Shaw went undrafted out of South Carolina, but played well in the 2014 preseason and got a spot on the practice squad. He got a start in the final game because Brian Hoyer and Johnny Manziel were hurt.
Shaw remembers many details of the game immediately. He describes a long pass down the seam to tight end Jordan Cameron and when you watch a replay of the game, his memory is spot on. The Browns hung in against a good Ravens team needing a win to make the playoffs, even leading seven minutes into the fourth quarter.
“And if you’re Cleveland, probably pretty happy with what Shaw has done as he was just elevated off the practice squad yesterday,” CBS play-by-play man Kevin Harlan said on the telecast as the game went to halftime.
“It’s amazing, a tight game here against a team that is 9-6 and needs to win to advance to the postseason,” color analyst Rich Gannon said.
The Ravens ended up wearing down the Browns and won 20-10, advancing to the playoffs. Shaw was 14-of-28 for 177 yards, not great but impressive enough given the situation. Teammate Joe Thomas praised him, saying “he’s a quarterback who belongs in the NFL.” Shaw felt the same way.
“I proved that I belonged in the NFL,” Shaw said. “I felt, I can be a quarterback in this league and for the Cleveland Browns.”
At very least, Shaw looked like he could be an NFL backup for many years. Then in the 2015 preseason, he tore ligaments in his thumb and needed surgery. He missed the season and was cut by Cleveland the next offseason. The Bears picked him up and in the preseason, Shaw said he was playing “probably the best football I played.” But he broke his tibia and fibula on a late hit that he felt at the time was a cheap shot. That led to another lost season, and Shaw admitted he was never the same after the graphic injury. His mobility was compromised. A hamstring injury in the 2017 preseason was the final blow. He was released again.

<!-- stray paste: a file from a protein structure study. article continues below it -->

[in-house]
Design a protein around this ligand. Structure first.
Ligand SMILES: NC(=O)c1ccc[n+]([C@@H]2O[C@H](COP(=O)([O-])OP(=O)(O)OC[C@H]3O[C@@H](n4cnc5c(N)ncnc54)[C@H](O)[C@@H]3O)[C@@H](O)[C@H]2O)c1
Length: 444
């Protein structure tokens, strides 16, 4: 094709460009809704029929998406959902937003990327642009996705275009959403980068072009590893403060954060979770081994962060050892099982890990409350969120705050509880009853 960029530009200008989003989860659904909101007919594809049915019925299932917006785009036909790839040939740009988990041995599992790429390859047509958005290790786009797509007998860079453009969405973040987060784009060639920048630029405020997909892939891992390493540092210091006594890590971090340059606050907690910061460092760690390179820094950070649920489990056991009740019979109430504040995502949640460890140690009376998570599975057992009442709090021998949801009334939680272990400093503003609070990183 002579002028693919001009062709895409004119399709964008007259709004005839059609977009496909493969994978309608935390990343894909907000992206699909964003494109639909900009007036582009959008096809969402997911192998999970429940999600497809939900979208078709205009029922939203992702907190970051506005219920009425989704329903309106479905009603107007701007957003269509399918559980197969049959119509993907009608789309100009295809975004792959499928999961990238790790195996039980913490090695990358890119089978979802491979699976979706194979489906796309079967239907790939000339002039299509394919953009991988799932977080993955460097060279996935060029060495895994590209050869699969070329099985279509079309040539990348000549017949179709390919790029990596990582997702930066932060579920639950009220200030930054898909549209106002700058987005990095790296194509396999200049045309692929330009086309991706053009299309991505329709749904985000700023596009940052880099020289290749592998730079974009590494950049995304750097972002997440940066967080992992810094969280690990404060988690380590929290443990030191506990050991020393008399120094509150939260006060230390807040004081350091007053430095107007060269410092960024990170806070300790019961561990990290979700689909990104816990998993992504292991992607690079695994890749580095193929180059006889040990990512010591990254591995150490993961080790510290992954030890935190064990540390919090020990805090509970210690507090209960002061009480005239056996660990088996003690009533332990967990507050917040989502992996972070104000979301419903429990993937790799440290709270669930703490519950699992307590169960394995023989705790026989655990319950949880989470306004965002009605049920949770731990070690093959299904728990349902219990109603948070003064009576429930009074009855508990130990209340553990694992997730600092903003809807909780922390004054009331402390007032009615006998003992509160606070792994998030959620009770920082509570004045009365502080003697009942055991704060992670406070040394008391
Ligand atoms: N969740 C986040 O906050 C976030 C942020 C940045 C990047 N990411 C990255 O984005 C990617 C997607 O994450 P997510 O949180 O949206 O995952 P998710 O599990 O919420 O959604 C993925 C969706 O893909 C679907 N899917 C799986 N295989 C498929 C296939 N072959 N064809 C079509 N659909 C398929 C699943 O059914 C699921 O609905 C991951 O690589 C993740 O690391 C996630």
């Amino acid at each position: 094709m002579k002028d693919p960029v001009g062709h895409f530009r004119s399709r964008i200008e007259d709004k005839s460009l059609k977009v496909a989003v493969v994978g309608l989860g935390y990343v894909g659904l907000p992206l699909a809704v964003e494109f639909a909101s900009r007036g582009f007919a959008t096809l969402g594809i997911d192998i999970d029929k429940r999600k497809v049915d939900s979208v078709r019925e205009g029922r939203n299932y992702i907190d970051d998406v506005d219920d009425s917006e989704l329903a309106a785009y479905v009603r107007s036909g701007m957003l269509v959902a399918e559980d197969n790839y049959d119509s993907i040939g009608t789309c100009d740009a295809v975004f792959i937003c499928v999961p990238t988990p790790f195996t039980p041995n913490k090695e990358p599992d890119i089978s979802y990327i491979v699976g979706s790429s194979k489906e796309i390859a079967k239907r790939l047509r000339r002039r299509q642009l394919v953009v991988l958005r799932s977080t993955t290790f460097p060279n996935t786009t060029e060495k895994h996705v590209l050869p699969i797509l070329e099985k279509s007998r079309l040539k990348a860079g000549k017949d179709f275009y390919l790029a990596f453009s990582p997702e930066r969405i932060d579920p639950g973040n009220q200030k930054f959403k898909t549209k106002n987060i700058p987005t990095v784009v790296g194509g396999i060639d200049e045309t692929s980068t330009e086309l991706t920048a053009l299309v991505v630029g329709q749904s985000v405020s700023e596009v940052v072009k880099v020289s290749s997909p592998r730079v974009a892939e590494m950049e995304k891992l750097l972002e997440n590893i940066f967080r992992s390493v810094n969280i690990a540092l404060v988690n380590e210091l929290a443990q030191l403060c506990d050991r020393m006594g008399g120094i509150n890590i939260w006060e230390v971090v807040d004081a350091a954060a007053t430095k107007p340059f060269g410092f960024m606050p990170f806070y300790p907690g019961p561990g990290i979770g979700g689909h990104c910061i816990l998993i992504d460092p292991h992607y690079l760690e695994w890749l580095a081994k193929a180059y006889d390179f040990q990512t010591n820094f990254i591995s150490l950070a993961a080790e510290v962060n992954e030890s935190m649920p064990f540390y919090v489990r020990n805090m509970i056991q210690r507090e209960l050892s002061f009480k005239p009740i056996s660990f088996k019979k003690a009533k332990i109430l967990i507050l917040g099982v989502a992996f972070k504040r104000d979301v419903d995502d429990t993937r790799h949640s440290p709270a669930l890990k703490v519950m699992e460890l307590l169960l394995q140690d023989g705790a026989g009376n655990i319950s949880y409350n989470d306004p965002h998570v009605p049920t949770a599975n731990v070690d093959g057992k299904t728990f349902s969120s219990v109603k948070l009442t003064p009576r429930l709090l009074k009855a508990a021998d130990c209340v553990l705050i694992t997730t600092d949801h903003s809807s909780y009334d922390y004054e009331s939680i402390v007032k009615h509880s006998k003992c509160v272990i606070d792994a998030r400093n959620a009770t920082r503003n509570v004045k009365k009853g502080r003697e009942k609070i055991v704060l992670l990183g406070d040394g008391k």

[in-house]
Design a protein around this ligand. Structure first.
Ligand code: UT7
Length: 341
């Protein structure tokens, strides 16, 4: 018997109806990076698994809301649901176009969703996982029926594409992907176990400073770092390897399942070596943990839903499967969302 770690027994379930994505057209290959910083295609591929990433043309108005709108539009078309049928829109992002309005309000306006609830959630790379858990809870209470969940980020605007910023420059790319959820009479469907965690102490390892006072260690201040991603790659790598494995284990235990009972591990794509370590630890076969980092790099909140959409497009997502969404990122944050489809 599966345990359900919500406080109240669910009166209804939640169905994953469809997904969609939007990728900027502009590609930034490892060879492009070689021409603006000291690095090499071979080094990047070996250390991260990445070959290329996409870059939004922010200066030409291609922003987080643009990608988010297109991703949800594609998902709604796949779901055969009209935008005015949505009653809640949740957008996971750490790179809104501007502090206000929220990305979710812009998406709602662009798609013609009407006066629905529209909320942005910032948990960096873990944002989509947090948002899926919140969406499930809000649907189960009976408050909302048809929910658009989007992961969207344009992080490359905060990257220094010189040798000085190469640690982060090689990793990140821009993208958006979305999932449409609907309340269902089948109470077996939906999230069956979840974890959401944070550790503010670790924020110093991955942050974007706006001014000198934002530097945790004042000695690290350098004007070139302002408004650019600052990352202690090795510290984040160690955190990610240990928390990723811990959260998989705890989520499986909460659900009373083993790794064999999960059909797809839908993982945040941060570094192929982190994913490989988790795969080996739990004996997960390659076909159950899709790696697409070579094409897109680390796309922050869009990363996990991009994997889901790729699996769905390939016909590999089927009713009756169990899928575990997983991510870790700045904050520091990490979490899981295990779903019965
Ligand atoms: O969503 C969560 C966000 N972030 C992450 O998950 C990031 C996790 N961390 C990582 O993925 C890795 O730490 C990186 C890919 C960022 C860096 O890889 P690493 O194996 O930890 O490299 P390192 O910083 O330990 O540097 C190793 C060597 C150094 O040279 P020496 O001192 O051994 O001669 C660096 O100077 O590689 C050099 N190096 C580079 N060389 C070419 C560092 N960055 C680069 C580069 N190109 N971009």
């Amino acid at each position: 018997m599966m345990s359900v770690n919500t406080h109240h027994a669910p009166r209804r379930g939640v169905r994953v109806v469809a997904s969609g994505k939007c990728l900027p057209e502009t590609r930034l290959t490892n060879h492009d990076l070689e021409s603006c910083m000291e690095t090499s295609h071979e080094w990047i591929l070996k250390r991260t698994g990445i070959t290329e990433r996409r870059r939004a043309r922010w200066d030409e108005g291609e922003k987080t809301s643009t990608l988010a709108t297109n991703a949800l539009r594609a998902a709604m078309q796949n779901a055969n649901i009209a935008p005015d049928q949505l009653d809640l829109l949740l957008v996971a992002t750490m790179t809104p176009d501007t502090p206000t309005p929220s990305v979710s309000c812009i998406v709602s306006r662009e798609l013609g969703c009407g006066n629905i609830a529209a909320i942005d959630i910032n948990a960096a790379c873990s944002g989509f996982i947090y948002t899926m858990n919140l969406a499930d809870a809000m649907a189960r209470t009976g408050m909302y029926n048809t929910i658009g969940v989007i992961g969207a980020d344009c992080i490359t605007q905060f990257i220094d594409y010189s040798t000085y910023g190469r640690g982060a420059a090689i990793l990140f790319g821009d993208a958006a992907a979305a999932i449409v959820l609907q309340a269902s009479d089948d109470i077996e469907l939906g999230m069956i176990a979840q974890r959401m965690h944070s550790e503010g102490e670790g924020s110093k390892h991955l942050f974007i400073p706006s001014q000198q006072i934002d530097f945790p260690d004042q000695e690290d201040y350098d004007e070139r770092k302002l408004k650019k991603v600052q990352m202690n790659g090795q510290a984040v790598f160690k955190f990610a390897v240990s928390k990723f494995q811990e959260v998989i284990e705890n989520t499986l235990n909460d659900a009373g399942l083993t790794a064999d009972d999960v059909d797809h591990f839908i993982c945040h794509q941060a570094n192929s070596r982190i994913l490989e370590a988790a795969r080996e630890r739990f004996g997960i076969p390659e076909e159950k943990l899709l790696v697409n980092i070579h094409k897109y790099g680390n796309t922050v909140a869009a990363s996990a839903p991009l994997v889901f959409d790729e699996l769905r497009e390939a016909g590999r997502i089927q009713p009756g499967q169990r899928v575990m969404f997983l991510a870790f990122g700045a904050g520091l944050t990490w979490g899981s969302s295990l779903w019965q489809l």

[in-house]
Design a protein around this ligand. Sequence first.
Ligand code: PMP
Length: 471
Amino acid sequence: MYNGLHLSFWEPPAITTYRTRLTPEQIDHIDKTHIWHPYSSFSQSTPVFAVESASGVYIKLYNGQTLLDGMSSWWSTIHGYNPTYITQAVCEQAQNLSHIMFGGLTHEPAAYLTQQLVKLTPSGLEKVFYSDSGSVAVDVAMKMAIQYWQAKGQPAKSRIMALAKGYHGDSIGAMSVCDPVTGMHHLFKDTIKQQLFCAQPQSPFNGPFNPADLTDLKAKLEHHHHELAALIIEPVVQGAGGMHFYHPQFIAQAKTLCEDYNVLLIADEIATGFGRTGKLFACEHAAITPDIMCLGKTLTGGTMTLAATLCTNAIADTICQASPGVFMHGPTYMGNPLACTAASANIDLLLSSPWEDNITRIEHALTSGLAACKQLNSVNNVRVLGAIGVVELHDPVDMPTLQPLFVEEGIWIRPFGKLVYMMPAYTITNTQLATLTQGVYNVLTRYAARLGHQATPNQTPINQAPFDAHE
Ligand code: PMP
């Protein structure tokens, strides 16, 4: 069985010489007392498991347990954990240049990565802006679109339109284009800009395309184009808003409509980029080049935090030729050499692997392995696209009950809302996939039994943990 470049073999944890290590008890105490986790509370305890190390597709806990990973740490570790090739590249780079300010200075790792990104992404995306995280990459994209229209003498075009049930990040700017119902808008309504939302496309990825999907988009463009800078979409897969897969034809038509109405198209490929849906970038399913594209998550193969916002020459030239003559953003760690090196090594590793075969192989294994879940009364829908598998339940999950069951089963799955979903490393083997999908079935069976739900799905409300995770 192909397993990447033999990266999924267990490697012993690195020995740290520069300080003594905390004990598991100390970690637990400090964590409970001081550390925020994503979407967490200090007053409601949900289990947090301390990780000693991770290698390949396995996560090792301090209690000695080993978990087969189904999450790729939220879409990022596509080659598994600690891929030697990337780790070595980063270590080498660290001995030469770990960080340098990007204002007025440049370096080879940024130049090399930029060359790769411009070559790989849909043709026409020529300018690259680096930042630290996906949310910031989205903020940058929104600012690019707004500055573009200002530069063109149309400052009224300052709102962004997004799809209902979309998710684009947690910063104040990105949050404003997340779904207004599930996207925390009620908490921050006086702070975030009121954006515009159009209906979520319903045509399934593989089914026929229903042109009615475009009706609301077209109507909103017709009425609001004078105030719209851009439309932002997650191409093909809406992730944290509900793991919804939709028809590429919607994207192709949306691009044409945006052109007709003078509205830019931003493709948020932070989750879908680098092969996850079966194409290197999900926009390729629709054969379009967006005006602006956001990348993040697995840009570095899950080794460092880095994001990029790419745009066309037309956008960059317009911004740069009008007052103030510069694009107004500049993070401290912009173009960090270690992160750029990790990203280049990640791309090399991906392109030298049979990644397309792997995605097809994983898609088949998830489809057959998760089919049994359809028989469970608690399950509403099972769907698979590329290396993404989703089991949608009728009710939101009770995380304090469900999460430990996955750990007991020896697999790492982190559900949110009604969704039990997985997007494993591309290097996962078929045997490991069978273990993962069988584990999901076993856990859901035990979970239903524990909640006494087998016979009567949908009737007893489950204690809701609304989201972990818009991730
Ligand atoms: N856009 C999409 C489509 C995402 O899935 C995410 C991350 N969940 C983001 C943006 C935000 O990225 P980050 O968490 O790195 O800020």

One solid regular-season start, then three straight preseason injuries. That’s a lot of bad luck and given his trajectory after the 2014 season, it’s easy to think about what might have been.
“I look at it both ways. I’m very thankful for the opportunity I had, a chance to start in the NFL,” Shaw said. “But I’m a competitor like anyone else. You get one shot and you want more of it.”
What happened to Cureton and Shaw?
There will be some regret when you start at quarterback in your NFL debut and never get another chance. But both members of the weird “one game/one QB start” club have done well for themselves.
Cureton had a start on his post-football career when he was still in the NFL. He had an accounting degree and used it during the offseason. He said his experience in the competitive world of football has served him well in business.
Shaw briefly tried coaching after his NFL career was done, spent a couple years in the business world and this January he landed back at South Carolina as its director of player development, helping players on career development, mental health, financial literacy and life skills, according to his bio. His unusual NFL journey can help him guide the South Carolina players he’s working with, most of whom won’t be NFL stars.
“It’s not going to last forever,” Shaw said. “I can relate to what they’re going through.”
Being one-and-done as an NFL quarterback still creeps into their minds here and there. Cureton said he still has a recurring nightmare, all these years later, that he has been invited to Browns training camp for another shot but then realizes he hasn’t worked out all summer.
“I had something to fall back on,” Cureton said. “But it has always haunted me that I didn’t have two or three years to show what I could have done.”
More “Moment of Glory” stories
Vernon Perry’s four picks off Dan Fouts sets playoff record | Bert Jones wins MVP, earns Belichick’s respect | Dub Jones, one of three players in 6-TD club | Charles Fisher: 14 NFL plays to sports agent | The reason Reggie Langhorne vanished from NFL | “The A.J. Duhe Game” | Super Bowl hero Malcolm Mitchell promotes literacy to kids | Joe Hamilton came along 20 years too early | Gary Barnidge disappeared from NFL right after his breakout